Although I haven’t seen a thoroughly researched study, I figure there must
be at least 250,000 FOSS (Free and Open Source Software) tools available to
every systems administrator on the planet (230,000 at SourceForge + 15,000 at
Launchpad + 12,000 at CodePlex + 5,000 at Google Code and that doesn’t
count the Linux kernel or any of the myriad other self-hosted projects).
These 250,000+ resources comprise the full “toolbox” that admins can use
for building solutions with FOSS; they represent the FOSS equivalent of COTS
(Commercial Off-The-Shelf). Of course, if you add open source but non-free or
commercial tools, the problem explodes combinatorially.
How can a systems administrator support the largest possible subset of these
“on the shelf” resources to best service the next need from a stakeholder
(like the boss or a new client)?
First let me emphasize the difficulty... (more)
Open Source Journal
Welcome to our new blog.
This blog is part of a new educational initiative to foster a deeper
understanding of the capabilities and issues involved with administering FOSS
(Free and Open Source Software) to deliver concrete business benefits.
Although our subject will sometimes become technical, we will strive to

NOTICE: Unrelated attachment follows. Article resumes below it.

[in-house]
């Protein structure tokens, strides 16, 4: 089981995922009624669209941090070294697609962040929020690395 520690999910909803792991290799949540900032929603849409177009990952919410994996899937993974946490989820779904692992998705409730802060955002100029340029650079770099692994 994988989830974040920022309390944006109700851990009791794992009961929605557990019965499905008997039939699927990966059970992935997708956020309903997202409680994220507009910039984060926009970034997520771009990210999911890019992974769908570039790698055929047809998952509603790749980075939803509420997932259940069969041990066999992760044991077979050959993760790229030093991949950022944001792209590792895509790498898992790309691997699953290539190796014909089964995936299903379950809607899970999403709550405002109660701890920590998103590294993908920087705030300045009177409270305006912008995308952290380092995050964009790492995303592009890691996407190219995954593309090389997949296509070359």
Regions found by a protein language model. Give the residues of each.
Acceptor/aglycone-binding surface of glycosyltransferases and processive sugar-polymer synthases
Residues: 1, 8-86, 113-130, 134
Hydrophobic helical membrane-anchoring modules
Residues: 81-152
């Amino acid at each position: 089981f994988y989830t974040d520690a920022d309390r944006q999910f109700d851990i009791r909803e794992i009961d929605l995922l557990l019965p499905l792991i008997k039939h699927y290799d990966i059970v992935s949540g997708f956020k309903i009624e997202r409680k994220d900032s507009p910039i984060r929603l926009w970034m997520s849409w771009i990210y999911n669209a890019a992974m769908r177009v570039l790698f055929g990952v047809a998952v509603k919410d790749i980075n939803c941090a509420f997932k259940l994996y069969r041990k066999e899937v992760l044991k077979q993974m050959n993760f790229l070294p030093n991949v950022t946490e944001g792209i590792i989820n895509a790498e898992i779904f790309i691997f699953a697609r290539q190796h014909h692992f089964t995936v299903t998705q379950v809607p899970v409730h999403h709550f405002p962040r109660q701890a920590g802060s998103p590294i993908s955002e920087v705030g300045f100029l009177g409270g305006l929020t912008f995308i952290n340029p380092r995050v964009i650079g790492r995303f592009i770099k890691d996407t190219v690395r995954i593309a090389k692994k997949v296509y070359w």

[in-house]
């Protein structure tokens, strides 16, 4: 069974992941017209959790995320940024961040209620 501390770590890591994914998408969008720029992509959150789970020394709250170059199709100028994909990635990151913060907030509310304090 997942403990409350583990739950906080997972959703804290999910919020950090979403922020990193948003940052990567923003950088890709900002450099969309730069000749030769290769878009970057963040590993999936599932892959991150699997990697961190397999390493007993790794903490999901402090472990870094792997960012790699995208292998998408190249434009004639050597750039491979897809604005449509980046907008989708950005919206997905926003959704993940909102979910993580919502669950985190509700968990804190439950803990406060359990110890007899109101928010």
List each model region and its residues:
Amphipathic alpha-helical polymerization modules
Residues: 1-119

address the business benefits at the beginning of each and every post.
Therefore, we are confident that this blog will prove interesting and
understandable to a broad variety of leaders, managers, and technicians.
We look forward to an engaging discu... (more)
Open Source Journal on Ulitzer
The November 2009 issue of Communications of the ACM (CACM) has a very
interesting article by Paul Stachour and David Collier-Brown entitled “You
Don’t Know Jack About Software Maintenance”. The authors argue
energetically for using versioned data structures and “continuous
upgrading” to improve the state of the art of software maintenance.
The piece got me thinking about FOSS (Free and Open Source Software) and
“continuous upgrading”. Here are seven observations on FOSS software
maintenance that occurred to me as I reflected on the CACM article:
At first glance, the ecosystem in the Free and Open Source Software (FOSS)
world can seem a bit complicated. There are several ways to get software:
project websites where you can download it directly, use a software
management tool that your Linux distribution provides, or you may also be
able to install a Linux distribution that includes everything you need right
out of the box! Once you understand this ecosystem, you can find where your
contributions would be most useful, and why contributing is beneficial to
your organization and the FOSS community.
So, where does this all b... (more)
Open Web Journal
Last weekend I had the pleasure of presenting at the Central Pennsylvania
Open Source Conference on the topic of Contributing to FOSS (slides available
In the talk I explored the many ways individuals can get involved in FOSS
(Free and Open Source Software), briefly covering everything from programming
to artwork to documentation. As diverse as these contributions are, the
common thread is close collaboration with the project itself. In particular,
following the procedures in place for contributing to the project is
essential. The talk also reviewed some... (more)